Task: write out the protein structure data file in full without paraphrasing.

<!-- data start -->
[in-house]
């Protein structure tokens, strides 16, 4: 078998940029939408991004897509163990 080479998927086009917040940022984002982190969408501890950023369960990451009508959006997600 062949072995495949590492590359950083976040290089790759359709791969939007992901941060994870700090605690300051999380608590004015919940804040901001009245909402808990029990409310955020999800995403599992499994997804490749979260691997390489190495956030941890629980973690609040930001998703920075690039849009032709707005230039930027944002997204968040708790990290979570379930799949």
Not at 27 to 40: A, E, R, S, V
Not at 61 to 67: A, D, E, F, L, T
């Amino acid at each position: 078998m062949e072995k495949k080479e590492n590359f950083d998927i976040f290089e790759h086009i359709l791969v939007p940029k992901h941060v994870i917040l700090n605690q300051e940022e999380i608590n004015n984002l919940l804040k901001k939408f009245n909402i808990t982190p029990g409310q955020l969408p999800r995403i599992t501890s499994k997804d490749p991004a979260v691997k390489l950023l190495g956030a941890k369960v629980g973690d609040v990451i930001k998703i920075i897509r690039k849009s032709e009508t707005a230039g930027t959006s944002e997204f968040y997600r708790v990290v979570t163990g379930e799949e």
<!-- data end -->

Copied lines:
[in-house]
């Protein structure tokens, strides 16, 4: 078998940029939408991004897509163990 080479998927086009917040940022984002982190969408501890950023369960990451009508959006997600 062949072995495949590492590359950083976040290089790759359709791969939007992901941060994870700090605690300051999380608590004015919940804040901001009245909402808990029990409310955020999800995403599992499994997804490749979260691997390489190495956030941890629980973690609040930001998703920075690039849009032709707005230039930027944002997204968040708790990290979570379930799949």
Not at 27 to 40: A, E, R, S, V
Not at 61 to 67: A, D, E, F, L, T
């Amino acid at each position: 078998m062949e072995k495949k080479e590492n590359f950083d998927i976040f290089e790759h086009i359709l791969v939007p940029k992901h941060v994870i917040l700090n605690q300051e940022e999380i608590n004015n984002l919940l804040k901001k939408f009245n909402i808990t982190p029990g409310q955020l969408p999800r995403i599992t501890s499994k997804d490749p991004a979260v691997k390489l950023l190495g956030a941890k369960v629980g973690d609040v990451i930001k998703i920075i897509r690039k849009s032709e009508t707005a230039g930027t959006s944002e997204f968040y997600r708790v990290v979570t163990g379930e799949e």